Zac Anger's Blog

Automatic Semicolon Insertion

13 December, 2015

This is a simplified version of the section from the spec that deals with ASI, because I'm really tired of all the idiocy and debate about this. It's not a big deal whether you use semicolons everywhere or don't, but the vitriol from those who use them everywhere really needs to end, and from what I can tell it's almost entirely based on this idea that ASI is complicated. ASI is really simple, and its rules are a lot easier to remember than stupidity like ++foo vs foo++, or the rules for this. The actual spec's ASI section is less than two pages, but it can be simplified further, into probably less than a page.


Automatic Semicolon Insertion

ECMAScript statements are really really basic, and if you don't know what a statement is, you probably shouldn't be programming. A lot of statements in JavaScript (the popular implementation of the ECMAScript standard) are terminated by semicolons. These are:

Semicolons don't need to be included in the source while writing these, though. Why not? Because when they're parsed, semicolons are automatically inserted. Why is this okay? Because new lines (what the spec calls a 'LineTerminator') also end statements, except in a few cases:

  1. The next line starts with one of the following characters: [ ( + * / - , .
  2. The next line starts by incrementing or decrementing a token
  3. You're in a for(), while(), do, if(), or else, and there's no }
  4. The statement has an unclosed paren or ends in some other invalid way (like a . or ,)

Let's talk about that for a second.

Exception number four is pretty obvious, and no one has a problem with that.

Exception number three is also pretty obvious, because you're talking about being in a block. Not rocket science.

Exception number three: If you're writing something like this, you need some mental help:

i
++
j

ASI would turn that into:

i;
++j;

But guess what? No rational human being would write code like that, so it's not a problem. Right? Right.

It's the first thing that people worry about, really. Which is why we like to do semicolons at the beginning of those lines. It turns out it's a lot quicker and easier to remember than people think. Don't write your code like a jackass (it's not concrete poetry, dummy), and put a semicolon at the beginning of a line if it starts with [ or (. And it turns out it's a lot easier to read, too (comma-first is another entire discussion, but what it comes down to is that comma-first is much, much easier to read and write, so it doesn't really make much sense not to do it).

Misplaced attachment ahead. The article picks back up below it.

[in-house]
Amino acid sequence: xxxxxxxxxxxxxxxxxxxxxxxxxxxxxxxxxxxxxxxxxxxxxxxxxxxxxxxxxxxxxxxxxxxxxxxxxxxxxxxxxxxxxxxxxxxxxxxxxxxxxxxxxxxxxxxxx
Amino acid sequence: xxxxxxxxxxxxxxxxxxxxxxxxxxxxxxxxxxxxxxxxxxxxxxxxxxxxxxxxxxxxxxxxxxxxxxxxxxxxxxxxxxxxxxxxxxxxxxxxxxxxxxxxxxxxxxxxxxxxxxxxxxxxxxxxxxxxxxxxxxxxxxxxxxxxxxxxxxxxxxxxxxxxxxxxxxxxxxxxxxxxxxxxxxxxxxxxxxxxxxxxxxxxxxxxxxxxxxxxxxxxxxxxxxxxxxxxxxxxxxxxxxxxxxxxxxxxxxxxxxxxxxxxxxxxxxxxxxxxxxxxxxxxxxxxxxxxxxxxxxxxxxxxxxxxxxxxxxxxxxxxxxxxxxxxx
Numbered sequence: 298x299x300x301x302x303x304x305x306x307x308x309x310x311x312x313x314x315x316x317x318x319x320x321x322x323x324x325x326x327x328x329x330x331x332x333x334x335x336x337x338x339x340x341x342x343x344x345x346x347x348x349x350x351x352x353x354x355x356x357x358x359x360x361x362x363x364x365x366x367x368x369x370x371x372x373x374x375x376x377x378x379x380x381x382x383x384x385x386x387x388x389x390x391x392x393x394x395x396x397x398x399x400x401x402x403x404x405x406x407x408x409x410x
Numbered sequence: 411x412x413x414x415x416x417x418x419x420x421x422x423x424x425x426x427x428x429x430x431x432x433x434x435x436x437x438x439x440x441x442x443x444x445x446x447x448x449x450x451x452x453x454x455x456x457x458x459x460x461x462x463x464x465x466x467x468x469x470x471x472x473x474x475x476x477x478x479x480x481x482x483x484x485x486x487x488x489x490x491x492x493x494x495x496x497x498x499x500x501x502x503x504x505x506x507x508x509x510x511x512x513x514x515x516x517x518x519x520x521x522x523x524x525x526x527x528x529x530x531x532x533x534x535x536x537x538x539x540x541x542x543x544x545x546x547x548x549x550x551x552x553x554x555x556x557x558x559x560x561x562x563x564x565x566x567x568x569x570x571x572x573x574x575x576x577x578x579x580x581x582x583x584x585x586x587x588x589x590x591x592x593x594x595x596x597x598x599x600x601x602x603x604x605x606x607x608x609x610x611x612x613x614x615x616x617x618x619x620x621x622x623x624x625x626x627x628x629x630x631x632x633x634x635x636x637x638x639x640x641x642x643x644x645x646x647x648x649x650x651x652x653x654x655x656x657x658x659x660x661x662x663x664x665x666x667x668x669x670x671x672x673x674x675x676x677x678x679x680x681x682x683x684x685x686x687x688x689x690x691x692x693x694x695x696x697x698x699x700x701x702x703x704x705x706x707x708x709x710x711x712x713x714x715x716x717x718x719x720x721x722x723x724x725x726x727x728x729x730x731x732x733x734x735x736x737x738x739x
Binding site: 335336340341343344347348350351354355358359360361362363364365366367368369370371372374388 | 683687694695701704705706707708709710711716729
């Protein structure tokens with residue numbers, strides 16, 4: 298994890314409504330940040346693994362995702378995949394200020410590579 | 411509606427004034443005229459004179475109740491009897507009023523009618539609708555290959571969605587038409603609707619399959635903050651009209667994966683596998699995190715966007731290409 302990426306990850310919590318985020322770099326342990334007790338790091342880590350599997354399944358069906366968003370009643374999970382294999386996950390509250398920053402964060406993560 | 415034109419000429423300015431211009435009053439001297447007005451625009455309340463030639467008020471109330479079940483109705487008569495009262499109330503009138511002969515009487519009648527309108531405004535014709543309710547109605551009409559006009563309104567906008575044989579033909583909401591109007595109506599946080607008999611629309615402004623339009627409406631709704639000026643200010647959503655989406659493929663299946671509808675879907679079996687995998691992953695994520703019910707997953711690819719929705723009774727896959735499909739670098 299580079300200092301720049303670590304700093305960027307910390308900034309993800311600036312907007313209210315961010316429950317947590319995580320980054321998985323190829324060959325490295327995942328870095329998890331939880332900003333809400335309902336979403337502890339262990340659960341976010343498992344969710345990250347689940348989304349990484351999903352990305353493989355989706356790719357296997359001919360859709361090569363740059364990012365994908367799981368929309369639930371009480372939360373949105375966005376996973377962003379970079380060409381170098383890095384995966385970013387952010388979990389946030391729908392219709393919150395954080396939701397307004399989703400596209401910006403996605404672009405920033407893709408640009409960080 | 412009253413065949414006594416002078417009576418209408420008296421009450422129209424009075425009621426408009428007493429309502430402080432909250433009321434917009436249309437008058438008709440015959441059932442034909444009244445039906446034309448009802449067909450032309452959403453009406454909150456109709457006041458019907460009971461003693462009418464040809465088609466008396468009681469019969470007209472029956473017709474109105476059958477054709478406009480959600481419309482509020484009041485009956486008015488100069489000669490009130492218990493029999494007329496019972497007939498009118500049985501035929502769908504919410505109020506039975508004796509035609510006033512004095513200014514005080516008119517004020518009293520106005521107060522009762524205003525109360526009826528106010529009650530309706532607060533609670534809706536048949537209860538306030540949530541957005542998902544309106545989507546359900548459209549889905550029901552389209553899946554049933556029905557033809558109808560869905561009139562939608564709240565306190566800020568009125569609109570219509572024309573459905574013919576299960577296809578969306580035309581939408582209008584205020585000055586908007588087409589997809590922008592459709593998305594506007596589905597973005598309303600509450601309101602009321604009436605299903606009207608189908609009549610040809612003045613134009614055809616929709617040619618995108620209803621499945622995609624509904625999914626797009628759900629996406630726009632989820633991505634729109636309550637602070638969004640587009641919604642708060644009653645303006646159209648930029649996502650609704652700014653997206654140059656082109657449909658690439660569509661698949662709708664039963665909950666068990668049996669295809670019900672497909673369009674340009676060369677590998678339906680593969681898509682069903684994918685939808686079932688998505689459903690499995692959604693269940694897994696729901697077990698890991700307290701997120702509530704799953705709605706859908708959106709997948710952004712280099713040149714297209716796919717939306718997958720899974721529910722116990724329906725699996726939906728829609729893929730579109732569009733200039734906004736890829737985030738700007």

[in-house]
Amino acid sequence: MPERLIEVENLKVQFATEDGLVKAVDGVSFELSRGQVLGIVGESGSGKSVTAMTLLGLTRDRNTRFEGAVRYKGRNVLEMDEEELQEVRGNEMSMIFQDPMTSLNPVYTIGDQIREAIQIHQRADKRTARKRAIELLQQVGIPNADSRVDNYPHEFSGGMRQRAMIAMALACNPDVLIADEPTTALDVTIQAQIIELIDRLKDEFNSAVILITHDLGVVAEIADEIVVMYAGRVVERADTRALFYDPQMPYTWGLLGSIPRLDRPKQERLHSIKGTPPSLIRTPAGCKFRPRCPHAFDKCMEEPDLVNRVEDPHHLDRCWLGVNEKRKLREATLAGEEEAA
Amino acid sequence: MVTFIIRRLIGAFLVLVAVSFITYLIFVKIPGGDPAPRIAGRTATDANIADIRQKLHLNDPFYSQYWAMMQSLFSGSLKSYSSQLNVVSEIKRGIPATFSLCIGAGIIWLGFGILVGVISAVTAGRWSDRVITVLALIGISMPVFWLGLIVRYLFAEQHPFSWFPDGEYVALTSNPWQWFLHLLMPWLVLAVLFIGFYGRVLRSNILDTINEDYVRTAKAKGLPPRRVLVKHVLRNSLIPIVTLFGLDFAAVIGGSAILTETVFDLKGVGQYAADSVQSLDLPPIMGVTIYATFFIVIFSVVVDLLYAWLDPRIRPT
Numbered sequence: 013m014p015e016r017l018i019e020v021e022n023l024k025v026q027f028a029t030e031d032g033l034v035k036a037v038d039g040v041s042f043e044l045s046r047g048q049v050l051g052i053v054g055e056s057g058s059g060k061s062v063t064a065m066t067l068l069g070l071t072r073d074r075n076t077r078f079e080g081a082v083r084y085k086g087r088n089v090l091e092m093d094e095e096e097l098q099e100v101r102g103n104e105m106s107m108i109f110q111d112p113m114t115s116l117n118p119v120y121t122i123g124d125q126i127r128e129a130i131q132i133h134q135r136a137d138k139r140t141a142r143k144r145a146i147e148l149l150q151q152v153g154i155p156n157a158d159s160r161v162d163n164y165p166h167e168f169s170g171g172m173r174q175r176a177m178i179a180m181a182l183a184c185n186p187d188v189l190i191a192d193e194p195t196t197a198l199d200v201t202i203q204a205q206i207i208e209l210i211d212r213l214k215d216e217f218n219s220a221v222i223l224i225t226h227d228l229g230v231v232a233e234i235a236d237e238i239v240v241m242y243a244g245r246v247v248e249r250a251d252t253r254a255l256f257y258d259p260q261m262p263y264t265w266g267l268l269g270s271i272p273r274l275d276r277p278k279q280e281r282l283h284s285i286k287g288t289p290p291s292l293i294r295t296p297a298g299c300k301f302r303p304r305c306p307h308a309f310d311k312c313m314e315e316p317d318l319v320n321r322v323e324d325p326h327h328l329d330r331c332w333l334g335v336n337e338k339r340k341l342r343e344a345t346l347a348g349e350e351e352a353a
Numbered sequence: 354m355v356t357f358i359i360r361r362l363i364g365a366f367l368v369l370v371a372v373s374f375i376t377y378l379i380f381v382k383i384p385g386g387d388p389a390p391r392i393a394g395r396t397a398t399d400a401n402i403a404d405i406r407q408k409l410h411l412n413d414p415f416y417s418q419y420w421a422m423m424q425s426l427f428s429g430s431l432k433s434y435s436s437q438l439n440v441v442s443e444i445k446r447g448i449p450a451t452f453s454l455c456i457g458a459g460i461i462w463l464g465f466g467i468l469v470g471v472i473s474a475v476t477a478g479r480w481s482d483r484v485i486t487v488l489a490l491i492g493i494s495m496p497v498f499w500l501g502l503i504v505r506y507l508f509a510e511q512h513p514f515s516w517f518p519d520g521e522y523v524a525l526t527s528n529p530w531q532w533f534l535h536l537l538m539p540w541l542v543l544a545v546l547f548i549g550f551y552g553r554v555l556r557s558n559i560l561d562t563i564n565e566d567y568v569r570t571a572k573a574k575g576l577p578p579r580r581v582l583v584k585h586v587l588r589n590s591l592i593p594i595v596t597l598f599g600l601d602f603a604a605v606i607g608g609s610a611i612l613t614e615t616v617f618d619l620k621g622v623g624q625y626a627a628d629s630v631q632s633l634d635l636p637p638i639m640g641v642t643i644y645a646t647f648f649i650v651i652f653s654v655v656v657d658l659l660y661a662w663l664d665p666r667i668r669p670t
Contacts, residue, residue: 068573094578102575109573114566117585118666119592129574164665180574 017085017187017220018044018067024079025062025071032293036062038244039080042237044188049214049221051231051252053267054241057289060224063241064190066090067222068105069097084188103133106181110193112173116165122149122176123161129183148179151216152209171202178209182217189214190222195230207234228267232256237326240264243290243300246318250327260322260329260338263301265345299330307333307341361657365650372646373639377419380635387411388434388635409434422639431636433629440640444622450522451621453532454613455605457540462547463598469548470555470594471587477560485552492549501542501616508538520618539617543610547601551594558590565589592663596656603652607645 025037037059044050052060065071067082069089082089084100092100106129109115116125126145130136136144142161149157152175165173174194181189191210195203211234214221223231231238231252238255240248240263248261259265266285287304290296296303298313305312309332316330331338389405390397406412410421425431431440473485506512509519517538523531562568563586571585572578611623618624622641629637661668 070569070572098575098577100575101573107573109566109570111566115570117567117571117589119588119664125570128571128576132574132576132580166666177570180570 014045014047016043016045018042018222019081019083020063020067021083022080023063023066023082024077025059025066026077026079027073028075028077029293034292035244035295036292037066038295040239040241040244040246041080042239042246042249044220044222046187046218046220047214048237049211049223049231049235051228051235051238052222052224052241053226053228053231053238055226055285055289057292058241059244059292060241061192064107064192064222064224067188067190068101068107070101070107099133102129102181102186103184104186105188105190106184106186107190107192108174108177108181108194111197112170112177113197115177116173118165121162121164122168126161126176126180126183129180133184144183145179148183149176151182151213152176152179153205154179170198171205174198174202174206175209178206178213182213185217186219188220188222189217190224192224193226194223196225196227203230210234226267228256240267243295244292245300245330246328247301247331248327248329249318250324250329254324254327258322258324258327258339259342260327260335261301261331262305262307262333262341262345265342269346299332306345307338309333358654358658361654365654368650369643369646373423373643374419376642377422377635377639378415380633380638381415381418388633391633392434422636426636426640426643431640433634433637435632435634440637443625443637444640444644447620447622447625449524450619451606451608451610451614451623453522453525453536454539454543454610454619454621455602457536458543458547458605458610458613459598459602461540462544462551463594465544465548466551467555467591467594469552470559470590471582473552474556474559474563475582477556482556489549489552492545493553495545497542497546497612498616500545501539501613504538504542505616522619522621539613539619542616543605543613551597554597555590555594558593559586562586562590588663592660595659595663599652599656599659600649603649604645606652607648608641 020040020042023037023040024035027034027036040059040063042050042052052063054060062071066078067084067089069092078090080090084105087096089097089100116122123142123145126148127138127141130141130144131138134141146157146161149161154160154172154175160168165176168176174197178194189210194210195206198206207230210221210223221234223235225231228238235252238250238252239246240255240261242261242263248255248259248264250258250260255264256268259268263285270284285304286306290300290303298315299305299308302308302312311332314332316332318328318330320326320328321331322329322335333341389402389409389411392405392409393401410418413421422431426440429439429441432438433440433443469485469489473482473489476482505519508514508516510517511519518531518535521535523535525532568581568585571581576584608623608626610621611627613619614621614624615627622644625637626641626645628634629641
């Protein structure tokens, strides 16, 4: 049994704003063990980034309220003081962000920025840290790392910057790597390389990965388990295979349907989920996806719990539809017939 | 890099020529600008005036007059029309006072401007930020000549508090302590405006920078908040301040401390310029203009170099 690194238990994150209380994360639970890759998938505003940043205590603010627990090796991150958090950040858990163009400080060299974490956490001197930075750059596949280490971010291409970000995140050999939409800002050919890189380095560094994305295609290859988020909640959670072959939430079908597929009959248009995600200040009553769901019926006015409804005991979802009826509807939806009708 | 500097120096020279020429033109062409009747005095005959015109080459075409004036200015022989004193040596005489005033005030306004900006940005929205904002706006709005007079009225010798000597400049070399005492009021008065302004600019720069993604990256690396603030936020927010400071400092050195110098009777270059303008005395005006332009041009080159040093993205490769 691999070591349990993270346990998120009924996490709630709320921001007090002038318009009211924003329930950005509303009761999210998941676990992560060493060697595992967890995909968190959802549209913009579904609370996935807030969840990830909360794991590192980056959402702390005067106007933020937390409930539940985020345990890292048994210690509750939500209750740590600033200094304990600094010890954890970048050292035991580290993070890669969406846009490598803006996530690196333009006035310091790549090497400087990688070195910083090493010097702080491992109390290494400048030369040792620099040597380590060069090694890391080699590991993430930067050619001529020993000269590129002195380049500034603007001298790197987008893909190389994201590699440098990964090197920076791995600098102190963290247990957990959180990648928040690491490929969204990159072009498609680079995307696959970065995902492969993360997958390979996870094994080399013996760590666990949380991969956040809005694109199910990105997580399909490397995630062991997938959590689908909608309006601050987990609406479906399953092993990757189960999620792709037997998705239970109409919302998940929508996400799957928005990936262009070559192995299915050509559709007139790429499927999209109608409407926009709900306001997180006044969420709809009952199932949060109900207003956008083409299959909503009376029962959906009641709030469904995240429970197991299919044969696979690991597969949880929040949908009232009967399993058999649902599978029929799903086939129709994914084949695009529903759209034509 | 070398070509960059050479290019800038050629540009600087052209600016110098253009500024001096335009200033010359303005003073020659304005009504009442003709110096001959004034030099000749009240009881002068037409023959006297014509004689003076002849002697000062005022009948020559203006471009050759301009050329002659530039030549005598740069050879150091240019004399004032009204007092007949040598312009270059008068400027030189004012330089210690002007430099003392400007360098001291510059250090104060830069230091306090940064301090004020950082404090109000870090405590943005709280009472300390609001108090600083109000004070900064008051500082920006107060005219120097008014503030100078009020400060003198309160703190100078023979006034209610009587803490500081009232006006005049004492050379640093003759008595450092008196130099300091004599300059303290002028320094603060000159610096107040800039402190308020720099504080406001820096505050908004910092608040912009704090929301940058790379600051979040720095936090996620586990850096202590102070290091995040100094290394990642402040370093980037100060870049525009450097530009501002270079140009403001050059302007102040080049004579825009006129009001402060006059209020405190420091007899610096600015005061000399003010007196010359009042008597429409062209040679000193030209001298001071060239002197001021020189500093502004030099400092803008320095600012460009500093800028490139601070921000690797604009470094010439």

There's also that other thing where ASI could totally break your code, and that goes back to the "Don't write code like a jackass (it's not concrete poetry)" bit. Imagine you're a tool, so you write:

function foo(bar){
  return
    bar
}

Well, for starters, you're weird. And ASI will do this: function foo(bar){ return; bar; };. It turns out there's a really super easy way around that problem, and it's something all people do anyway because they're not horrible human beings: don't put random newlines in your code. return is always terminated by a newline (as mentioned above), so everyone's already aware of this. That was easy. Same goes for break, continue, and throw.

The idea that putting semicolons everywhere is somehow more readable or safe makes very little sense. I could put semicolons all over the place, and it makes no difference.

function foo(){;;;;;;;;;;;
;;var bar = 'semicolons';;
;;console.log(bar);;;;;;;;
};;;;;;;;;;;;;;;;;;;;;;;;;
;;;;;;;;;;;;;;;;;;;foo();;

Try running that in your browser console, or Node. Try running this one:

function foo(){
  var bar = 'no semicolons'
  console.log(bar)
}
foo()

See any difference?

ASI's not a new thing (it's older than a lot of people writing JavaScript these days, actually). It's not scary, it's not unreliable, and it definitely doesn't cause subtle, hard to debug problems, as long as you don't write code like a jackass.

I'm basically done here. I still definitely recommend actually reading this, both because it's a bit more verbose and because it's extraordinarily comprehensible. But if technical literature's not your style, then maybe check one of the big blog posts from smarter people than myself on the topic.

TL;DR

The TL;DR here is that no one actually gives a shit how you write code in the privacy of your cubicle, as long as it conforms to the styleguide of the project you're working on. But the nastiness directed towards people who don't use semicolons really has to end. The rules are stupid-simple, nearly impossible to fuck up, and taking five minutes to get in the habit of writing code this way actually does make things more readable. If you love your semicolons, good for you. But don't ever tell someone their style is 'wrong' or 'dangerous' or prone to breakage just because they spent an extra five minutes to read two pages of the language specification. And don't be afraid of learning the rules yourself. It's really actually incredibly simple.